In their report published in the April 23 issue of the journal Molecular Cell, Xiong and his co-authors, Tomohiko Ohta, Jennifer J. Michel and Arndt J. Schottelius, describe having identified the proteins ROC1, ROC2 and APC11. These closely related proteins, particularly ROC1, combine with other proteins called cullins to form an enzyme, a ubiquitin ligase. This enzyme then accelerates a biochemical reaction in which a molecule called ubiquitin is attached to cellular proteins. Thus "ubiquitinized," the protein is marked for disposal and degradation. After degradation, the cell then recycles the protein's amino acids to build other proteins.
"Once a protein is attached to ubiquitin, another cellular mechanism recognizes that it's ubiquitinated and takes it to a specific place called the proteasome," Xiong points out. "It's like garbage collection. Unless you put your garbage out in the street, it won't get picked up and taken to the dump." In cells, the dumpsite is the proteasome's protein degradation machinery.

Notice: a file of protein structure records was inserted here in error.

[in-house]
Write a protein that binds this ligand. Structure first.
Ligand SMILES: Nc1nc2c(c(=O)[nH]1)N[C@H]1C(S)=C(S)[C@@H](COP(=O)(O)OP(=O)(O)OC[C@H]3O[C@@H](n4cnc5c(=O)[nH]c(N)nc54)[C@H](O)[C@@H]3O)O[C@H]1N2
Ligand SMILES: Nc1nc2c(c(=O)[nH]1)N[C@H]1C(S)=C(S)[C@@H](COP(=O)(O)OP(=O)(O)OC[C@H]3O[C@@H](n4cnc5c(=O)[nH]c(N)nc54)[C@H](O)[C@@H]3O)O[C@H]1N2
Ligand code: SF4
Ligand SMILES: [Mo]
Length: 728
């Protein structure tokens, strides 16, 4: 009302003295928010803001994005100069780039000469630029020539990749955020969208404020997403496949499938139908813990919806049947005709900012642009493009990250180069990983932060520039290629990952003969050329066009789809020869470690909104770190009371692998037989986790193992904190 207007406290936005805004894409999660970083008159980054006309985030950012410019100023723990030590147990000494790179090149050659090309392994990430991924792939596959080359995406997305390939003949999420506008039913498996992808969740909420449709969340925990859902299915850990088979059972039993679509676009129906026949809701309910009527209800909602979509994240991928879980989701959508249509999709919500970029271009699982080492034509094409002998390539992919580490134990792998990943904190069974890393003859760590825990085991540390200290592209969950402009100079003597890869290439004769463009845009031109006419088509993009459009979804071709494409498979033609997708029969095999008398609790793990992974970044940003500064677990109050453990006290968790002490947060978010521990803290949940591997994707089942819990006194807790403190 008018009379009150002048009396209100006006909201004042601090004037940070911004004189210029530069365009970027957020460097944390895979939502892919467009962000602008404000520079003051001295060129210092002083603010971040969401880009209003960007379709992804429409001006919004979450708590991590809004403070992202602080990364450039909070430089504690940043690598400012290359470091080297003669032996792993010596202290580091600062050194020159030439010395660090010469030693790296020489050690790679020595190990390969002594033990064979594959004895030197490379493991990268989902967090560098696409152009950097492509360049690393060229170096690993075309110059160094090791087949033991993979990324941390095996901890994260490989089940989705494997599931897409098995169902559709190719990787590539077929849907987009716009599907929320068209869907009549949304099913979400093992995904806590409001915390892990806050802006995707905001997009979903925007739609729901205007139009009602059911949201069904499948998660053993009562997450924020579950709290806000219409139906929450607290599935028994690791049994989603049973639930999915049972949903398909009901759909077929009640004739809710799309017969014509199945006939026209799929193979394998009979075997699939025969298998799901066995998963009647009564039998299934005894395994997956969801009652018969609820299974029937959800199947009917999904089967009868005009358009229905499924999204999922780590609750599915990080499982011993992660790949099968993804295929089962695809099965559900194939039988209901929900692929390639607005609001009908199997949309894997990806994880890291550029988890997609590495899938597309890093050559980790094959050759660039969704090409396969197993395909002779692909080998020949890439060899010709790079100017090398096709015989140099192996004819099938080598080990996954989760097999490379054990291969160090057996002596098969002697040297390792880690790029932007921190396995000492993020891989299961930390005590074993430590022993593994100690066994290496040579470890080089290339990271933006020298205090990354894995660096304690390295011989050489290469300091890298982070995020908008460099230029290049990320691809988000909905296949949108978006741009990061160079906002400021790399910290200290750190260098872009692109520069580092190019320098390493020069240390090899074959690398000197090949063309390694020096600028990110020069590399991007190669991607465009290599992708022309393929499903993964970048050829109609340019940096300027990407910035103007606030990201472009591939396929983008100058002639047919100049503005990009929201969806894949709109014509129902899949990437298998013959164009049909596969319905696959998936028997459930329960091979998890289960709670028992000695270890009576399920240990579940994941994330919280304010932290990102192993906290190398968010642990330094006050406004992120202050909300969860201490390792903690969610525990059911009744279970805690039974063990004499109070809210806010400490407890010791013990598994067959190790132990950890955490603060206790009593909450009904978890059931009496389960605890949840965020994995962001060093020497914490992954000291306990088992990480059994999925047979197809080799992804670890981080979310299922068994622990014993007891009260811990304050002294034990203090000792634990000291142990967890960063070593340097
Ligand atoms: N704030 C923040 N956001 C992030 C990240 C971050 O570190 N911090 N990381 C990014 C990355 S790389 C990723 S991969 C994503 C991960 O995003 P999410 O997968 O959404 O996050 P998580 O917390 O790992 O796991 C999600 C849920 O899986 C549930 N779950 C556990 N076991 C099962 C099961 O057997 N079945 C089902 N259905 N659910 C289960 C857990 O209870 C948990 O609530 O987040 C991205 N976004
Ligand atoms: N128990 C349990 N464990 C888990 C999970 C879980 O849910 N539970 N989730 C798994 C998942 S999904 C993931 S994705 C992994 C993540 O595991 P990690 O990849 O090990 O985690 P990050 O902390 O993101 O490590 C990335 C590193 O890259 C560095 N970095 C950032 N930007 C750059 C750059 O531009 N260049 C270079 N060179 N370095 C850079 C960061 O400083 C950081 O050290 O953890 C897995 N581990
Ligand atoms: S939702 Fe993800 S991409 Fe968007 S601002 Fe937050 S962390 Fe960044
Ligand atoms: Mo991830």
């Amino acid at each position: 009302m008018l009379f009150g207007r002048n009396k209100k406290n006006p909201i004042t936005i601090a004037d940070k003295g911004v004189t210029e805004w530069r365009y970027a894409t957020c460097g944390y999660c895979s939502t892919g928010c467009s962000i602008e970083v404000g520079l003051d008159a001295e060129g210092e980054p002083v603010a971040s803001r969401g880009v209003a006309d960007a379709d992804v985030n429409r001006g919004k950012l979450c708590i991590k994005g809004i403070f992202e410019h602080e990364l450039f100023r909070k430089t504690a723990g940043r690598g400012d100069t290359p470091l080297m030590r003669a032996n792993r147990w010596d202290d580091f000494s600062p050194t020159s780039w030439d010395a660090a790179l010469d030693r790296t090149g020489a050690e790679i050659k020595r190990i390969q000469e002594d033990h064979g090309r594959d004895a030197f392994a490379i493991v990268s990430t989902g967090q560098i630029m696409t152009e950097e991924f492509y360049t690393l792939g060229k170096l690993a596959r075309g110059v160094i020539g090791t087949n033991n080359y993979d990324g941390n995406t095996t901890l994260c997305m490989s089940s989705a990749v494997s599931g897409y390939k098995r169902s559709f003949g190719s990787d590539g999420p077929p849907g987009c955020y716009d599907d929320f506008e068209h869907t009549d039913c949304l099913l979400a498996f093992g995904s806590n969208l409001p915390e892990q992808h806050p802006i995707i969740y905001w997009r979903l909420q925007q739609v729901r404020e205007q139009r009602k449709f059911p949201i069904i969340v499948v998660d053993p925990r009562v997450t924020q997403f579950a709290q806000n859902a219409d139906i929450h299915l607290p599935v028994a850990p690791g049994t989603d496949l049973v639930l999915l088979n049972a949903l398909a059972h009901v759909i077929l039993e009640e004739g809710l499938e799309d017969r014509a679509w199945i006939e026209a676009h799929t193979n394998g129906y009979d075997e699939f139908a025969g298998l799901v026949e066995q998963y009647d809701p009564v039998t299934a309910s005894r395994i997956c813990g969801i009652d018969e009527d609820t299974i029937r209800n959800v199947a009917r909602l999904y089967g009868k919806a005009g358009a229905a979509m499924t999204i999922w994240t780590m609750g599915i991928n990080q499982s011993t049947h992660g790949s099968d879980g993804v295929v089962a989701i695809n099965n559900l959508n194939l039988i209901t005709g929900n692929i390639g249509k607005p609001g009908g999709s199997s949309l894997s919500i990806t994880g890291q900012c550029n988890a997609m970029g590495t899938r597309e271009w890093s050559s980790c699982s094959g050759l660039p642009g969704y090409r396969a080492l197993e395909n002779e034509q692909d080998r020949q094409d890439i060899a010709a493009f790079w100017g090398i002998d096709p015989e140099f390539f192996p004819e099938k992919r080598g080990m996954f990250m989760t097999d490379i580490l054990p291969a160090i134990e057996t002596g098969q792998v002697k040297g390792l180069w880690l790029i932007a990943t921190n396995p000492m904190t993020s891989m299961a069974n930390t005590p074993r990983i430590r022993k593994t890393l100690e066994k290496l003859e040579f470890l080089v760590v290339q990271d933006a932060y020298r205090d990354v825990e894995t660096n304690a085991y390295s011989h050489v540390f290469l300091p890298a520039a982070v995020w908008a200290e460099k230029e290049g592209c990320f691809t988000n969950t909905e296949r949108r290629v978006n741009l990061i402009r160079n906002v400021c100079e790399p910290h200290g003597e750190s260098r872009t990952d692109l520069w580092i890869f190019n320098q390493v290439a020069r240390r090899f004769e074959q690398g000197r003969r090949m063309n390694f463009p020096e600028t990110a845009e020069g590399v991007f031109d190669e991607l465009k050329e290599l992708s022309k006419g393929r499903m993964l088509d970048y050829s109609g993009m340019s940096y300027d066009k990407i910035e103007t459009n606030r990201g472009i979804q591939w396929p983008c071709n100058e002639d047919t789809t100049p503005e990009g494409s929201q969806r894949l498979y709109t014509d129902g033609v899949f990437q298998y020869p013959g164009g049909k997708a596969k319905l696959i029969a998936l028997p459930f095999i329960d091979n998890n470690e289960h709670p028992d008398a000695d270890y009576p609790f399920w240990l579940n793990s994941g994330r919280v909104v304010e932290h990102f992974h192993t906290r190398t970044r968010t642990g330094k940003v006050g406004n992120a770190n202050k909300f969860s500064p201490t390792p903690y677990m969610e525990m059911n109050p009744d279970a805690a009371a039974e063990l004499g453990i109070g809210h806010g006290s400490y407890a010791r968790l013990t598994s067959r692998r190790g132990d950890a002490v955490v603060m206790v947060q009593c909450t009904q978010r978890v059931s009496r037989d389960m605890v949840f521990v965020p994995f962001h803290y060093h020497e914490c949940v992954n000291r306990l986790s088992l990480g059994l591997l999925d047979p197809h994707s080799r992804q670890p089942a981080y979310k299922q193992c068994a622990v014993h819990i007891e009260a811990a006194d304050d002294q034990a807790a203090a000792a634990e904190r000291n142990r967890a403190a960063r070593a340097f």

"Abnormal level of proteins, too high in the case of oncoproteins such as myc or cyclin D or too low in the case of tumor suppressor proteins such as p53, have one common consequence. They drive cells to continue proliferating when normal cells would not," Xiong says. "How these proteins in tumor cells escape from normal ubiquitin-mediated degradation is currently unknown."
Xiong and scientists elsewhere are working to solve this problem by identifying essential components involved in the normal control of protein degradation.
In their journal report, the UNC-CH researchers also note that the newly
identified proteins can combine with five different cullins. "That means there
are many binary ubiquitin ligases," Xiong says. "And it raises the possibility
that degradation of different proteins may each require a differ
Contact: Lynn Wooten
University of North Carolina School of Medicine